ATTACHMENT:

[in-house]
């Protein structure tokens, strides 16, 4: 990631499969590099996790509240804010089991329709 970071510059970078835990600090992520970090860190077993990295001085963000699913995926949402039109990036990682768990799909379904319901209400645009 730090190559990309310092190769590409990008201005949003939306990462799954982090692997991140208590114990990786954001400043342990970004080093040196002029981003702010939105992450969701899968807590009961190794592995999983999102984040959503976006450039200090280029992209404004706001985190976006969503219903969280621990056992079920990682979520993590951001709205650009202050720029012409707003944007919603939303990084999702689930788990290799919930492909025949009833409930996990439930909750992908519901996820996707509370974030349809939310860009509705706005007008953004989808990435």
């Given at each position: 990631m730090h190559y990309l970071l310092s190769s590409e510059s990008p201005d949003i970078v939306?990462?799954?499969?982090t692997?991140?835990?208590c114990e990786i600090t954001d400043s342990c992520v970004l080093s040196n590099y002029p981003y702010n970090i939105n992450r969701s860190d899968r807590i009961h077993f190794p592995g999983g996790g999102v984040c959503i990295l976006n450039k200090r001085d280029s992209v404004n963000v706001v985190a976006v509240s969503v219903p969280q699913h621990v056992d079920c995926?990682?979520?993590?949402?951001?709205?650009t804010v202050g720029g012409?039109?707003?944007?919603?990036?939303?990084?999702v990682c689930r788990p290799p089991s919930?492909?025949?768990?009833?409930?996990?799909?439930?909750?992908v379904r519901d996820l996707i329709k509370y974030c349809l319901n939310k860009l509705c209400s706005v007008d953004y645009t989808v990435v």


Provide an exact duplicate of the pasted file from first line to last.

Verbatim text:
[in-house]
């Protein structure tokens, strides 16, 4: 990631499969590099996790509240804010089991329709 970071510059970078835990600090992520970090860190077993990295001085963000699913995926949402039109990036990682768990799909379904319901209400645009 730090190559990309310092190769590409990008201005949003939306990462799954982090692997991140208590114990990786954001400043342990970004080093040196002029981003702010939105992450969701899968807590009961190794592995999983999102984040959503976006450039200090280029992209404004706001985190976006969503219903969280621990056992079920990682979520993590951001709205650009202050720029012409707003944007919603939303990084999702689930788990290799919930492909025949009833409930996990439930909750992908519901996820996707509370974030349809939310860009509705706005007008953004989808990435």
């Given at each position: 990631m730090h190559y990309l970071l310092s190769s590409e510059s990008p201005d949003i970078v939306?990462?799954?499969?982090t692997?991140?835990?208590c114990e990786i600090t954001d400043s342990c992520v970004l080093s040196n590099y002029p981003y702010n970090i939105n992450r969701s860190d899968r807590i009961h077993f190794p592995g999983g996790g999102v984040c959503i990295l976006n450039k200090r001085d280029s992209v404004n963000v706001v985190a976006v509240s969503v219903p969280q699913h621990v056992d079920c995926?990682?979520?993590?949402?951001?709205?650009t804010v202050g720029g012409?039109?707003?944007?919603?990036?939303?990084?999702v990682c689930r788990p290799p089991s919930?492909?025949?768990?009833?409930?996990?799909?439930?909750?992908v379904r519901d996820l996707i329709k509370y974030c349809l319901n939310k860009l509705c209400s706005v007008d953004y645009t989808v990435v």